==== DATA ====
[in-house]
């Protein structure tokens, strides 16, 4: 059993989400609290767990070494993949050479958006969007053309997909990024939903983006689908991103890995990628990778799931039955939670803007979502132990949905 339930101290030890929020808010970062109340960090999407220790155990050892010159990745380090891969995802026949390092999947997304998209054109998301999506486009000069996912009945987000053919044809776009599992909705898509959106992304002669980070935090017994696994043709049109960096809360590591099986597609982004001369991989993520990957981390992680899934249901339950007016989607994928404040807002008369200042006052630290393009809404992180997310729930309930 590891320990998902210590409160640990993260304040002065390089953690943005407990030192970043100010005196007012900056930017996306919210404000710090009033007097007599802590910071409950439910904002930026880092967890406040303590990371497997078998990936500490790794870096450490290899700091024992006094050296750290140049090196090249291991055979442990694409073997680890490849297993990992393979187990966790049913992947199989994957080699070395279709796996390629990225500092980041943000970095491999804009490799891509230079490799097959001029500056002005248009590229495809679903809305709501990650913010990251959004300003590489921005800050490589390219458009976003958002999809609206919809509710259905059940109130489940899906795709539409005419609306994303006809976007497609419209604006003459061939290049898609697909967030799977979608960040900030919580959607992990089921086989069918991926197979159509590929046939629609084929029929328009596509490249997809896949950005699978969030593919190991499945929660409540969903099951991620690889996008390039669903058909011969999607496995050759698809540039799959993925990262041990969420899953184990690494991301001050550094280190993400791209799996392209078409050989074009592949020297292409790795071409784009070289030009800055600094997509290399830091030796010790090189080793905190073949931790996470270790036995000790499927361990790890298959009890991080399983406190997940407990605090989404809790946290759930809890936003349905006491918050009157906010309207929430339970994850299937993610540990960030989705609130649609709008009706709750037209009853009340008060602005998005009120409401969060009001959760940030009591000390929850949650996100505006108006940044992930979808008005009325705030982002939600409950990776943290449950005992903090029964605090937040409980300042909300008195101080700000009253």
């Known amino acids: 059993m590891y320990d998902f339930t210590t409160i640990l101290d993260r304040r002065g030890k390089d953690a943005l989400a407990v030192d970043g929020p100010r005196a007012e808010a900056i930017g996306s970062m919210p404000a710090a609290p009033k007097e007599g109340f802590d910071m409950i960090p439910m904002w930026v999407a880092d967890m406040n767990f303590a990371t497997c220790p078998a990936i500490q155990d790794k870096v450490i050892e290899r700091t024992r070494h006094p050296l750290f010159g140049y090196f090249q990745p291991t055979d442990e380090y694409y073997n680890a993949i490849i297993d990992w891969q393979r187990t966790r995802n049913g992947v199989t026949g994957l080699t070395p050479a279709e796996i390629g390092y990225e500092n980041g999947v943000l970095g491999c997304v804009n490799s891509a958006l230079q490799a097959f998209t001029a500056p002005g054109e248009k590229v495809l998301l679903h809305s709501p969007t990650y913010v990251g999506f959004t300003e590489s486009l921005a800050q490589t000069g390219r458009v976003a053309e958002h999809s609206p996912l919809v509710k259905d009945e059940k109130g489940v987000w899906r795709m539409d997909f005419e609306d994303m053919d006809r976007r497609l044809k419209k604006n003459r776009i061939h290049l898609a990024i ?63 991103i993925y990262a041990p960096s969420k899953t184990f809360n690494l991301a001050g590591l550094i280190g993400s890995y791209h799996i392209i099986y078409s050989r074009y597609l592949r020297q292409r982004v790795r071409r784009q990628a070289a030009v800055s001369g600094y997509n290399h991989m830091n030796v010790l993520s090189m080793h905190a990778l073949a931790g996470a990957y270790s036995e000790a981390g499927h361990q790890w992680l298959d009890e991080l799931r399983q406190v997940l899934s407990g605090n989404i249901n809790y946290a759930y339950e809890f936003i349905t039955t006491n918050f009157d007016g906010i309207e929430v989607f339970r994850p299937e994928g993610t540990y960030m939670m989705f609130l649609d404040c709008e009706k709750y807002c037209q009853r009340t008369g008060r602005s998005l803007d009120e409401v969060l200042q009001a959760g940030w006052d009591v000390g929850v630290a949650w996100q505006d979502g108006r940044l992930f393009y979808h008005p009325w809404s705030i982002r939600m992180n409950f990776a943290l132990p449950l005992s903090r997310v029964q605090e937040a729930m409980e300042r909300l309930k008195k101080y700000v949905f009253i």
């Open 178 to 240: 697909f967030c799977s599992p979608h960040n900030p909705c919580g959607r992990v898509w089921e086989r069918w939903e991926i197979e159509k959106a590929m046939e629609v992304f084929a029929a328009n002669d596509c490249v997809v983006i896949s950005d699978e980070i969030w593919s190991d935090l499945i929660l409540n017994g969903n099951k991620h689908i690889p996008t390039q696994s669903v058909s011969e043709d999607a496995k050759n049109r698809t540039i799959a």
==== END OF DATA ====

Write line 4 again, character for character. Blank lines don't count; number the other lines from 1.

């Open 178 to 240: 697909f967030c799977s599992p979608h960040n900030p909705c919580g959607r992990v898509w089921e086989r069918w939903e991926i197979e159509k959106a590929m046939e629609v992304f084929a029929a328009n002669d596509c490249v997809v983006i896949s950005d699978e980070i969030w593919s190991d935090l499945i929660l409540n017994g969903n099951k991620h689908i690889p996008t390039q696994s669903v058909s011969e043709d999607a496995k050759n049109r698809t540039i799959a």